For some time I have been interested in setting up a development VMWare ESXi server on a laptop to help with testing etc. The problem in the past has been that the ESXi install only comes with drivers for high end network cards and the process of adding the required drivers is chewy
As of ESXi 5.5 update 3 and ESXi 6 the drivers for the Intel 82579LM network card have been included in the core product so as long as your laptop has > 4GB installed ( 4GB is not enough as it registers as 3.9 GB and the install fails ) you can install ESXi 5.5 or 6 on your laptop. I only found this out after doing all the chewy stuff first 🙂
The only other serious issue that I have found is that when you are creating hard disks they must be IDE drives and not SCSI drives otherwise they will not be visible to the guest Bios.
There is a bit of a niggly issue with VSphere whereby the console does not always display. Richt clicking on the menu selecting the pop up console seems to free this up.
ESXi is free for up to two physical CPUs
Moral of the story – read the logs
This one had us stumped for a while so I though I would post it.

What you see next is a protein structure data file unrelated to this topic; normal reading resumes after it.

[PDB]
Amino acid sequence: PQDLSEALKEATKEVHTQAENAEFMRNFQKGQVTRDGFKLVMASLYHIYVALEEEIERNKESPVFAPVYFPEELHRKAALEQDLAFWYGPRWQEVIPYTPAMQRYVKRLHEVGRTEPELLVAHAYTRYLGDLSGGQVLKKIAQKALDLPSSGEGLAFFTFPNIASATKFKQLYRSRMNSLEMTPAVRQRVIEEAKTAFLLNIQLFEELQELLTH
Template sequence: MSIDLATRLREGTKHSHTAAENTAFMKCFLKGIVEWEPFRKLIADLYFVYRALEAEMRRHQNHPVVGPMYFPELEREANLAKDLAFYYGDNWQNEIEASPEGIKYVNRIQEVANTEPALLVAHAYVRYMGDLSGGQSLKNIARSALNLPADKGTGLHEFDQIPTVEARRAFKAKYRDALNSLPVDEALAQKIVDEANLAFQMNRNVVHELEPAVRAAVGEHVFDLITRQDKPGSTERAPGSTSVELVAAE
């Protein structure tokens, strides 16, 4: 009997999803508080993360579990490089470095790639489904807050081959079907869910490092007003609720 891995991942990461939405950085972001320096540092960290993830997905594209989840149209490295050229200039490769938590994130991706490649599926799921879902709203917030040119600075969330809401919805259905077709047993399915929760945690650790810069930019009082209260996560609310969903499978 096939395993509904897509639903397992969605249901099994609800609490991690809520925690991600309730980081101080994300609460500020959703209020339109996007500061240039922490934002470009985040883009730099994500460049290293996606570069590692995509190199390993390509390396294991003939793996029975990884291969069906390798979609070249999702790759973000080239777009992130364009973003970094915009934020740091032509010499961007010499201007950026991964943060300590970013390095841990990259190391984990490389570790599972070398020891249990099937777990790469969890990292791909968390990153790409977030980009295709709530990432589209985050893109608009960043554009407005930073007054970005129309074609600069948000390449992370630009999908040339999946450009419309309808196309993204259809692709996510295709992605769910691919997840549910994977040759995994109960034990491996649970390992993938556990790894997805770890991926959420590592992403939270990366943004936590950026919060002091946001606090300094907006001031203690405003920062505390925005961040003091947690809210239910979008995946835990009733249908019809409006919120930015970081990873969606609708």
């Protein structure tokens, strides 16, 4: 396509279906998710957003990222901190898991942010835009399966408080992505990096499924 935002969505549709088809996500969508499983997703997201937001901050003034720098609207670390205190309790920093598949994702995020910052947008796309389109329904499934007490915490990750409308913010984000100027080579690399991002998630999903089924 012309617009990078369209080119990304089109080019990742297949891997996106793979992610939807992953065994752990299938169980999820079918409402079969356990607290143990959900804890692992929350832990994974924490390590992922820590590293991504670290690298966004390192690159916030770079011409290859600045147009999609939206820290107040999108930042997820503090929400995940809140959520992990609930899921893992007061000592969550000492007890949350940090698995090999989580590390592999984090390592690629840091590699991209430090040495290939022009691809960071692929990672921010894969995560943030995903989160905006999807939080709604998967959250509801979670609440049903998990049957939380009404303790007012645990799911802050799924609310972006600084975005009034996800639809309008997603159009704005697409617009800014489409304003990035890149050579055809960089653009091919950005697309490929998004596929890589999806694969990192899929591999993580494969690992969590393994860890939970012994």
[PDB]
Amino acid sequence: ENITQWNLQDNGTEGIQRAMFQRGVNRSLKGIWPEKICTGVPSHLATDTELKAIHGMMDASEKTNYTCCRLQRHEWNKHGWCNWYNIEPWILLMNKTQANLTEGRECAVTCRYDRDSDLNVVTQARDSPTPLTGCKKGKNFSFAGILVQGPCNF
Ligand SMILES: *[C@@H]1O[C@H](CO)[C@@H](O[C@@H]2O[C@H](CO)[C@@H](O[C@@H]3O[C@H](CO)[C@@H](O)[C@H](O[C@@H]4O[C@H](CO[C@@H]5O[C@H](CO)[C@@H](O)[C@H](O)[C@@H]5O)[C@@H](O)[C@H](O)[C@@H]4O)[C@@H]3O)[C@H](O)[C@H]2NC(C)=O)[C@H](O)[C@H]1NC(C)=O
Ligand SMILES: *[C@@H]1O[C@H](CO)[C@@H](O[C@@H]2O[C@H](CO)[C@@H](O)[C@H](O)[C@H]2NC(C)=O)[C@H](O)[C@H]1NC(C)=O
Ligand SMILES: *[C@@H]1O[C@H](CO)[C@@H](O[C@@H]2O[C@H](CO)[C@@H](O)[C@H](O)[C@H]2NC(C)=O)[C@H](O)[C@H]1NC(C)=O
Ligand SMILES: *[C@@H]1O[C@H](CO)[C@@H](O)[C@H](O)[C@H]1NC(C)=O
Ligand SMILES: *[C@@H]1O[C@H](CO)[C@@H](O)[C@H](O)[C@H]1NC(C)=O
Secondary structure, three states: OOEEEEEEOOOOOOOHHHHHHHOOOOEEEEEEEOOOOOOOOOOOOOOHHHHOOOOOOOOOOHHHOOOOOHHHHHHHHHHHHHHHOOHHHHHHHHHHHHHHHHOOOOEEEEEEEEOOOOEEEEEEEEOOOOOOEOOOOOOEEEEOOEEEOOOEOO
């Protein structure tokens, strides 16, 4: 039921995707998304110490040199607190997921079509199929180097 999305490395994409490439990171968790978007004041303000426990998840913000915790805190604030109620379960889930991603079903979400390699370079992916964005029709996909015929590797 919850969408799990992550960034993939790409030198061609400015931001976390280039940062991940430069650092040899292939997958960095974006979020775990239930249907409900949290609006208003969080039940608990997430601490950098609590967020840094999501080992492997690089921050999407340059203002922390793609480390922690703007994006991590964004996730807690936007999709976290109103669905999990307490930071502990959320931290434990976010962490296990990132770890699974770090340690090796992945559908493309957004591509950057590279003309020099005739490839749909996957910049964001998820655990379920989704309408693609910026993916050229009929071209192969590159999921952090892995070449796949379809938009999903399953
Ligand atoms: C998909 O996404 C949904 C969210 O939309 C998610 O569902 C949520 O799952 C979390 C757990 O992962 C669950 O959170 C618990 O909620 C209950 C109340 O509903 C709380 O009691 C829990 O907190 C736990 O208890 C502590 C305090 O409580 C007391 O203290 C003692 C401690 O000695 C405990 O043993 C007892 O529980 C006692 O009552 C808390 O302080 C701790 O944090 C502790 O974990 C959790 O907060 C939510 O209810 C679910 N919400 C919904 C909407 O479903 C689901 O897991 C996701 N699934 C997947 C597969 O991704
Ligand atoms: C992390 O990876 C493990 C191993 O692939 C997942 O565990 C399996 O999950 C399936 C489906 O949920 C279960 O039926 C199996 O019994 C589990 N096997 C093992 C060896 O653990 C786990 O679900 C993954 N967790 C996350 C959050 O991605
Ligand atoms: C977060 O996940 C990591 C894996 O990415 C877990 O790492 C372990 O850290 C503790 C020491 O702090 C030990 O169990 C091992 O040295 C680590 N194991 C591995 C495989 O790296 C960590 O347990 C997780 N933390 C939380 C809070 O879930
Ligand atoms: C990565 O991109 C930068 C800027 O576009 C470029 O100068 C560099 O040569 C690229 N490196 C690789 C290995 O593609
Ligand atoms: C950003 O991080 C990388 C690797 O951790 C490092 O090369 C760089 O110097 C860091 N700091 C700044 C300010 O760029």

We had an inconsistent error on an XPage application where it threw a save error even though the Author fields were correct.
The error was
Exception occurred calling method NotesDocument.save()
After much head scratching followed the advice in log.nsf
please consult error-log-0.xml located in /local/notesdata/domino/workspace/logs
whereupon we discovered the message
Could not save the document 5386 NotesException: Notes error: The document is already locked by someone else.
So document locking was turned on which is not really much use in an XPage application ( we rolled our own application scope based scheme )
So I know it is a pain to connect to the server to get the log documents but it is worthwhile. I wonder could we write an XPage app to recover them ? 🙂
Jesper Kiær has posted a very compelling video showing how the HTTPEnableConnectorHeaders = 1 notes.ini parameter can be used to gain access to Domino servers.
We no longer use the Apache proxy scheme as the SSL support in Domino has improved but I tested this on one of our development servers by setting HTTPEnableConnectorHeaders = 1 and using the “Modify Headers for Google Chrome” extension and was able to get access.
As Jesper notes many of the write ups about using Domino behind a proxy ( including mine ) specify using this setting. There are some useful comments to the first post in Jespers series on this issue.
We used scheduled code in our XPage apps to do things like pre-building dashboards and storing the data in the application scope.
There is no simple way to schedule Java code that has been written for use with XPages. The best solution I have found has been to use “XAgents” and to poll the corresponding URLs somehow.
I have tried this using various methods but it has not been straight forwards due to authentication issues and having to deal with SSL certificates.